But the bite victim informed Molloy that he had to pay €6,000 in compensation or he would be killed for the attack. It was this demand that led to him taking part in a robbery in Lucan in May last year where he was shot by gardai after firing first and ignoring calls to put down his weapon. His associates vowed revenge.

The attack on Daniel Gaynor was revenge for the shooting of Collie Owens in Finglas in July. Gaynor was the hitman in the Owens murder, which may have been ordered by the Real IRA.

As well as being suspected of attacks on Eamon Kelly and Brian O'Reilly, the gang is also understood to have targeted two notorious criminals from Finglas.

The gang called to their mother's home over the summer in a move which infuriated the pair who were not in the house at the time.

Other associates of The Panda are involved in a separate feud which claimed three lives last year. David 'Fred' Lynch (26), Tommy Joyce (20) and John 'BJ' Clarke (21) were murdered in separate attacks linked to the feud.

Clarke's brother Jamie (22) was targeted in an assassination attempt in Coolock in the early hours of Friday morning.

The father-of-one was lucky to escape with his life after a gunman fired a number of shots at him outside a pal's house on Adare Road around 1.30am, hitting him in the leg.


He was talking to John Paul Brennan outside the house where a party was being held when the gunman approached and fired at least eight shots, one hitting Clarke in the leg.

A 24-year-old man was arrested in connection with the shooting in the area shortly after the incident. He was held at Ballymun Garda Station. Clarke has not made a complaint about the attack.

Brennan, who was not injured in the attack, was himself targeted in a gun attack in Kinsealy in January 2009.
There is no evidence to suggest the attack on Clarke is linked to Winters' murder.


Since it began reporting on the activities of terrorist groups in Ireland in 2003, the Independent Monitoring Commission has tracked the activities of the self-styled 'dissident' terror groups such as the 'Real' IRA and the 'Continuity' IRA.
In all its reports in the last few years, the Commission has repeated that the 'dissidents' are heavily involved in crime, primarily tiger kidnapping, armed robbery, extortion and smuggling. In its 21st report, issued earlier this year, the Independent Monitoring Commission also said the 'Continuity' IRA was involved in "brothel keeping".
Gardai in Dublin now see these groups as centrally involved in organised crime, including the murders of ordinary criminals who have refused to pay their extortion demands or who have otherwise crossed them.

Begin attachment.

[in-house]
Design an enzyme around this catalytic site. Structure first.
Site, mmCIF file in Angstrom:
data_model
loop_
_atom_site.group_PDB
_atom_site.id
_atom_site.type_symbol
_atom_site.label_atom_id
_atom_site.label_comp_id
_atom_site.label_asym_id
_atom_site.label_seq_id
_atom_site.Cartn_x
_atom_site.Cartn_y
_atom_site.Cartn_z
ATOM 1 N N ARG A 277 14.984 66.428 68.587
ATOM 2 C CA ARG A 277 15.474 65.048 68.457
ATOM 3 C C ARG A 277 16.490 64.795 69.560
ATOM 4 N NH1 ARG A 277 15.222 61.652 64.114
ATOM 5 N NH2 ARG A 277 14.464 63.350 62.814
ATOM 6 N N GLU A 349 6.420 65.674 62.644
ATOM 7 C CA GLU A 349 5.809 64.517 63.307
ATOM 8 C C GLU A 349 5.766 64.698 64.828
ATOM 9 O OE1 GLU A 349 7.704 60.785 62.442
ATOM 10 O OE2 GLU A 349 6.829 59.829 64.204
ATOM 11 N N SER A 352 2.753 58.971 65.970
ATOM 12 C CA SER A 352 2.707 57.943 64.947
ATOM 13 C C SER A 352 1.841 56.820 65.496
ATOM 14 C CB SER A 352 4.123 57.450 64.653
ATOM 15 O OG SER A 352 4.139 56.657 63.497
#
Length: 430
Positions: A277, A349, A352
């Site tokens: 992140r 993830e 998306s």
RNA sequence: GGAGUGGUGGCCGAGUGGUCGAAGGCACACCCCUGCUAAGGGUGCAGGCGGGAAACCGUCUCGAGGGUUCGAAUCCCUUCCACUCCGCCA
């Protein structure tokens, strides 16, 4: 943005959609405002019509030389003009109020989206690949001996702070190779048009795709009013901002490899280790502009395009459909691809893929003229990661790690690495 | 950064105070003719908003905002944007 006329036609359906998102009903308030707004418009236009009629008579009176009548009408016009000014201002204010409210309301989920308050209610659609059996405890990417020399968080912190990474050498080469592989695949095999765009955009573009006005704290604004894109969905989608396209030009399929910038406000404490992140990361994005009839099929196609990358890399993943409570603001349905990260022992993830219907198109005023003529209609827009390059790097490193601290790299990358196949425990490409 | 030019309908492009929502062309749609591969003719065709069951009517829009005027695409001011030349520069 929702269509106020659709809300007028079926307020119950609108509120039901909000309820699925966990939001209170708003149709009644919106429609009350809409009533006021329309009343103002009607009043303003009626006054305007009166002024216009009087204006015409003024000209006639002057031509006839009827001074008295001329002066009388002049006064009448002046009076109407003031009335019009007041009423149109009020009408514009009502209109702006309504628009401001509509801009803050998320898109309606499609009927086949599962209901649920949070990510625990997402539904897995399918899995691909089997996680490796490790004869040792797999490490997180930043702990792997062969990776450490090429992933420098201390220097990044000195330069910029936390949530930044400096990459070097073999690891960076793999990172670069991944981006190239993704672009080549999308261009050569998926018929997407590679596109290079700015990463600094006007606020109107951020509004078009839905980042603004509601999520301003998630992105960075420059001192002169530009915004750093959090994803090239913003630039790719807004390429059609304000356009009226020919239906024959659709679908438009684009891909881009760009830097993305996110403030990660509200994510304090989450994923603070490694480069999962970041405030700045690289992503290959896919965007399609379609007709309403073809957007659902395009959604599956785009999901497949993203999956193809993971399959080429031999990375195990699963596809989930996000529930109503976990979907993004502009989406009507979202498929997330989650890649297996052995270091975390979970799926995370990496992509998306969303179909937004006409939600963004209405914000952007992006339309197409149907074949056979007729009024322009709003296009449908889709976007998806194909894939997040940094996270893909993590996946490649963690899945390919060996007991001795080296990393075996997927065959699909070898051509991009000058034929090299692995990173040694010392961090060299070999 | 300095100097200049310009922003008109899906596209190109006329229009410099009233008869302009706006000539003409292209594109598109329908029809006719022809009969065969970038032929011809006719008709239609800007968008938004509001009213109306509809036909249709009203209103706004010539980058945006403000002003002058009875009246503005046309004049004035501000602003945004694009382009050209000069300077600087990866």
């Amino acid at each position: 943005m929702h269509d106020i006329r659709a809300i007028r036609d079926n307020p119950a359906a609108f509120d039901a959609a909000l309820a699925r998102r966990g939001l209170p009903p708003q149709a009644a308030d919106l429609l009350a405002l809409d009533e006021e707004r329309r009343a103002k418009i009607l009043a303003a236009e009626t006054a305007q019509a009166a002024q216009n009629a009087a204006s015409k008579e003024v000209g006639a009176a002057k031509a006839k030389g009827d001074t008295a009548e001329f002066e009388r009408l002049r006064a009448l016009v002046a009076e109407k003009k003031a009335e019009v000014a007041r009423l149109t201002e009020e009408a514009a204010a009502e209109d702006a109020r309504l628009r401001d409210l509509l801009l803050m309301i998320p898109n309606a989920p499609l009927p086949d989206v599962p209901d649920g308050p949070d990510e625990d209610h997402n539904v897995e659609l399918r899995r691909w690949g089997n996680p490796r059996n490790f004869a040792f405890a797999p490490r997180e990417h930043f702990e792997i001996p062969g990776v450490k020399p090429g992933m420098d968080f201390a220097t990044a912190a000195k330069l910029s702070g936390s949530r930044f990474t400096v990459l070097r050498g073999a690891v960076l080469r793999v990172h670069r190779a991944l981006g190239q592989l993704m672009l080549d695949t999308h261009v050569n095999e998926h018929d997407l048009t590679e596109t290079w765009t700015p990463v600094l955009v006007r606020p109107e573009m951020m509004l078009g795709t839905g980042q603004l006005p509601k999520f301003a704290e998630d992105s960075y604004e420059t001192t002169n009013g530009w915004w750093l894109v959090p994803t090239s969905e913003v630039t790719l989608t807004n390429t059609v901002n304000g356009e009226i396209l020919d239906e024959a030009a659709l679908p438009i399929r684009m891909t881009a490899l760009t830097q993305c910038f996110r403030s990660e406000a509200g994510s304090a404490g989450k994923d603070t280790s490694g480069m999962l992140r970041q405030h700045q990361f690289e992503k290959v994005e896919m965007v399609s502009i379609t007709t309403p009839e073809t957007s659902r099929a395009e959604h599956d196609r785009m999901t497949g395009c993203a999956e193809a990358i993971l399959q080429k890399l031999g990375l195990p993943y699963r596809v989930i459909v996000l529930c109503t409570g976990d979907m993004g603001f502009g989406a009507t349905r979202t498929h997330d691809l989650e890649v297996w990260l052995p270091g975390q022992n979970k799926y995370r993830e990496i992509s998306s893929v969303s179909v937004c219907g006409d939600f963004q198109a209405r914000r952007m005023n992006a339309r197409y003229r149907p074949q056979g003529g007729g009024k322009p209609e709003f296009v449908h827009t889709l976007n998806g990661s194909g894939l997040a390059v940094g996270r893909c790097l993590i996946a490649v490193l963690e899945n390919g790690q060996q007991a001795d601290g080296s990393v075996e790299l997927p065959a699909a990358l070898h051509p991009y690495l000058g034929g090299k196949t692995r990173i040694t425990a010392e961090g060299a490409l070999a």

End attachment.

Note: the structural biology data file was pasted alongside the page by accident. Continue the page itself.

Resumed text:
Sean Winters, the 42-year-old north Dublin drug dealer who was shot dead as he walked along Station Road in Portmarnock last Sunday night is, ostensibly, a victim of republican gunmen. There was no political motivation whatsoever in his murder by the 'Continuity' IRA. He was murdered as part of a turf war over the distribution and sale of drugs in north Dublin.
The dissidents have completed the journey by republicans in Ireland from self-sacrificing idealists to pure criminals, in the same way that the republican revolutionaries of mid-19th Century Italy moved from the ideals of Guiseppe Garibaldi to the entirely criminal mafioso.
The same journey in Ireland began in the dying days of the Provisional IRA. Its members, particularly the Dublin-based brigade, moved from vigilantism against drug dealers to accepting bribes from particular drug gangs and then to carrying out assassinations of rivals to their dealers. Within a decade of Sinn Fein and the IRA leading marches of Concerned Parents Against Drugs to the homes of heroin dealers, the same people were heavily involved in the drug industry while still trading under the name of the Provisional IRA.
The Provos shot dead Joseph Foran, 38, a notorious gangster and heroin dealer, in Finglas in February 2000, not because of his involvement in the drug trade but because he refused to pay their extortion demands. Two months later, they shot dead Thomas Byrne, 41, an innocent man from the north inner city who had stood up to one of the senior Dublin IRA men who was heavily involved in hijacking goods containers from Dublin Docks.
In July 2001, the Dublin IRA shot dead Seamus 'Shavo' Hogan, 40, in south Dublin, passing the murder off as part of its campaign to rid Dublin of career criminals and drug traffickers. Hogan was, in fact, shot because he refused to pay protection and was involved in disputes with another south-side drug gang that was paying money to the IRA.
Joseph Cummins, 48, another career criminal, was shot dead in Tallaght in December 2001 because he too refused to pay up.
While the IRA was murdering to order in Dublin, the other republican terror group, the Irish National Liberation Army (INLA), which had been the paramilitary wing of the Republican Socialist Party, went headlong into the drug trade and became involved in feuding with Dublin gangs which it sought to control. Over the last decade, the memberships of both organisations in Dublin, and to a considerable degree in Northern Ireland, have merged.